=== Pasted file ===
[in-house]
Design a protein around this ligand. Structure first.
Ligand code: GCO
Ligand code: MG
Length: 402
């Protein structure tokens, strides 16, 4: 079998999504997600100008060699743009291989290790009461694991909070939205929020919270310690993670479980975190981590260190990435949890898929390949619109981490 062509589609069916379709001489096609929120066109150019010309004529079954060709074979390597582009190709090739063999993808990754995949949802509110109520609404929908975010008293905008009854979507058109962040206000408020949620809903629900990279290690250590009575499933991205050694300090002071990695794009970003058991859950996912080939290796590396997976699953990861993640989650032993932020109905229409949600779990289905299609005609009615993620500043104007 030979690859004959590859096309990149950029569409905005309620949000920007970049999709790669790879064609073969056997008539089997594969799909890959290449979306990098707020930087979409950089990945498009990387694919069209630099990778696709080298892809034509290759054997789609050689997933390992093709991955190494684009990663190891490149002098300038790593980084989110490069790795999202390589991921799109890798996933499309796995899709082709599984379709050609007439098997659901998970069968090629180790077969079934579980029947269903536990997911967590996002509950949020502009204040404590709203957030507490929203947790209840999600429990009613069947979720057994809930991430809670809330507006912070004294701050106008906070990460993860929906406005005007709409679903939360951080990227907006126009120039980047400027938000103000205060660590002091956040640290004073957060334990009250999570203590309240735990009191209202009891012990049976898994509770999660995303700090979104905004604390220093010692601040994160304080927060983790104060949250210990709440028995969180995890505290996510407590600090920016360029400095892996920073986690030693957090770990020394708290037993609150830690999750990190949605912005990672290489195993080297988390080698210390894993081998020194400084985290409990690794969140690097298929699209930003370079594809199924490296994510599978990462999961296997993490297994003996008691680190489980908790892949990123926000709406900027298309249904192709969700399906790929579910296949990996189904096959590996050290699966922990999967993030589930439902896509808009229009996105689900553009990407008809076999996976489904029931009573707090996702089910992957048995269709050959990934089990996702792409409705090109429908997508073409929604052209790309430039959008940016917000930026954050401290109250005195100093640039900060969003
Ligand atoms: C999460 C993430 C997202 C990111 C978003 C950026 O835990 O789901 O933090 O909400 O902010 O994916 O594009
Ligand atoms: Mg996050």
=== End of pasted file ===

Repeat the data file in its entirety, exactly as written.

[in-house]
Design a protein around this ligand. Structure first.
Ligand code: GCO
Ligand code: MG
Length: 402
């Protein structure tokens, strides 16, 4: 079998999504997600100008060699743009291989290790009461694991909070939205929020919270310690993670479980975190981590260190990435949890898929390949619109981490 062509589609069916379709001489096609929120066109150019010309004529079954060709074979390597582009190709090739063999993808990754995949949802509110109520609404929908975010008293905008009854979507058109962040206000408020949620809903629900990279290690250590009575499933991205050694300090002071990695794009970003058991859950996912080939290796590396997976699953990861993640989650032993932020109905229409949600779990289905299609005609009615993620500043104007 030979690859004959590859096309990149950029569409905005309620949000920007970049999709790669790879064609073969056997008539089997594969799909890959290449979306990098707020930087979409950089990945498009990387694919069209630099990778696709080298892809034509290759054997789609050689997933390992093709991955190494684009990663190891490149002098300038790593980084989110490069790795999202390589991921799109890798996933499309796995899709082709599984379709050609007439098997659901998970069968090629180790077969079934579980029947269903536990997911967590996002509950949020502009204040404590709203957030507490929203947790209840999600429990009613069947979720057994809930991430809670809330507006912070004294701050106008906070990460993860929906406005005007709409679903939360951080990227907006126009120039980047400027938000103000205060660590002091956040640290004073957060334990009250999570203590309240735990009191209202009891012990049976898994509770999660995303700090979104905004604390220093010692601040994160304080927060983790104060949250210990709440028995969180995890505290996510407590600090920016360029400095892996920073986690030693957090770990020394708290037993609150830690999750990190949605912005990672290489195993080297988390080698210390894993081998020194400084985290409990690794969140690097298929699209930003370079594809199924490296994510599978990462999961296997993490297994003996008691680190489980908790892949990123926000709406900027298309249904192709969700399906790929579910296949990996189904096959590996050290699966922990999967993030589930439902896509808009229009996105689900553009990407008809076999996976489904029931009573707090996702089910992957048995269709050959990934089990996702792409409705090109429908997508073409929604052209790309430039959008940016917000930026954050401290109250005195100093640039900060969003
Ligand atoms: C999460 C993430 C997202 C990111 C978003 C950026 O835990 O789901 O933090 O909400 O902010 O994916 O594009
Ligand atoms: Mg996050």